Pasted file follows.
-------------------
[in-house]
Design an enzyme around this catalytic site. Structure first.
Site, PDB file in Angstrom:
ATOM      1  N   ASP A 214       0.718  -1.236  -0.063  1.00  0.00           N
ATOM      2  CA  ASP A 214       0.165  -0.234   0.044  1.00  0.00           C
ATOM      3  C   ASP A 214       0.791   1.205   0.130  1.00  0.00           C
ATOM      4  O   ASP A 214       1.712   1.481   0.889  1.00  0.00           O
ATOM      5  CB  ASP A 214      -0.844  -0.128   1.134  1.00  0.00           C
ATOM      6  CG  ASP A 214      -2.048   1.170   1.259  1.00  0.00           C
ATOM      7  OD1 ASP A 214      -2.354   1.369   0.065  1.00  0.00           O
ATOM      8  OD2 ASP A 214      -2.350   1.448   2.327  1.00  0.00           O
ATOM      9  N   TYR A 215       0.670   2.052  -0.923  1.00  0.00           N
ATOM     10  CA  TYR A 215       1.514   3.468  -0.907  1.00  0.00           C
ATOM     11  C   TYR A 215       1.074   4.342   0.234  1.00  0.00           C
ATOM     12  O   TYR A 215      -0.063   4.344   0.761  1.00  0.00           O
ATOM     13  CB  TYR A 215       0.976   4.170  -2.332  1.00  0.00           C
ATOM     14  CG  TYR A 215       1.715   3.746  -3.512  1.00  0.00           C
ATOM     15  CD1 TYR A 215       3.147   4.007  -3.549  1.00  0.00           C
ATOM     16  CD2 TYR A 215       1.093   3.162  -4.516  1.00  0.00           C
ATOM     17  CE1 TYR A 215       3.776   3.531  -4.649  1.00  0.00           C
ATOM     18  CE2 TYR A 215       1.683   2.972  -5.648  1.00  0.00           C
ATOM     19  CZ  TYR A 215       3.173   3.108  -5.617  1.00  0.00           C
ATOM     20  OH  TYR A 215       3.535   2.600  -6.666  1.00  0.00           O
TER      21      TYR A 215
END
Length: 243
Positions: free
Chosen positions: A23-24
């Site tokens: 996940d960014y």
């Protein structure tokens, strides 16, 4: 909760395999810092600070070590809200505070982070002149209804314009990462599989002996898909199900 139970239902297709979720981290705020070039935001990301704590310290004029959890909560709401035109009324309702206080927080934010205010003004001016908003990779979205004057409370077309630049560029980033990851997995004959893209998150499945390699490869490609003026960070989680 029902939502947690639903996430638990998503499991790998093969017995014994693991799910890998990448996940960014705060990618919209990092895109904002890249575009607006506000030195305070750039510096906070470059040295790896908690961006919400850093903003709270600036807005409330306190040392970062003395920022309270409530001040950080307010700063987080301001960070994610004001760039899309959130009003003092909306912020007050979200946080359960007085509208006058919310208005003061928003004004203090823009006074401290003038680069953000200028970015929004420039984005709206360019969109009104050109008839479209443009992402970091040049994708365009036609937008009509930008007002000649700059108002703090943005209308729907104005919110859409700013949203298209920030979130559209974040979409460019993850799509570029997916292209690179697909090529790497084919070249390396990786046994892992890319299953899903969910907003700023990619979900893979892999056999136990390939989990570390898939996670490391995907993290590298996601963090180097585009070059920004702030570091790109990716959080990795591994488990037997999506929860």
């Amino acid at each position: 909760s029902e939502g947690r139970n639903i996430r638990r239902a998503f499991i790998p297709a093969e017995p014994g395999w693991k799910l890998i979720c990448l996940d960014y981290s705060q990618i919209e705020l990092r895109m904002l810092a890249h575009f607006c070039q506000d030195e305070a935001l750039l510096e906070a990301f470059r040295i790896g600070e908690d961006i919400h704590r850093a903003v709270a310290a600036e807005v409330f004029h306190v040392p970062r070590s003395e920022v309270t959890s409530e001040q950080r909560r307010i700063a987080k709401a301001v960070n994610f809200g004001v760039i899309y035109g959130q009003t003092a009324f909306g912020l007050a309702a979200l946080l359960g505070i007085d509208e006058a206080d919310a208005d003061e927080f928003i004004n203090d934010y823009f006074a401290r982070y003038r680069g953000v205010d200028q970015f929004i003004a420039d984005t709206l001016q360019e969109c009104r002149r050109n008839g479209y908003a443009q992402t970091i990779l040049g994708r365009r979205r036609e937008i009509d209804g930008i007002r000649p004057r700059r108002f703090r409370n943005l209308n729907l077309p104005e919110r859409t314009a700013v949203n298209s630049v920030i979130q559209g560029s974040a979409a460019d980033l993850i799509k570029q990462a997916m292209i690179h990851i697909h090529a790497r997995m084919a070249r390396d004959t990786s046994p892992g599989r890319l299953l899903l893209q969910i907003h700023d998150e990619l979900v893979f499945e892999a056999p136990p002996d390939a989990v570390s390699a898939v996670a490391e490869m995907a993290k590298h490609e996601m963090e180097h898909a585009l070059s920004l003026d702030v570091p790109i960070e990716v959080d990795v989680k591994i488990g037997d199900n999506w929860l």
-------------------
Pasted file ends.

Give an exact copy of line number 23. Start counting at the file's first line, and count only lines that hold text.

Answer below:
ATOM     20  OH  TYR A 215       3.535   2.600  -6.666  1.00  0.00           O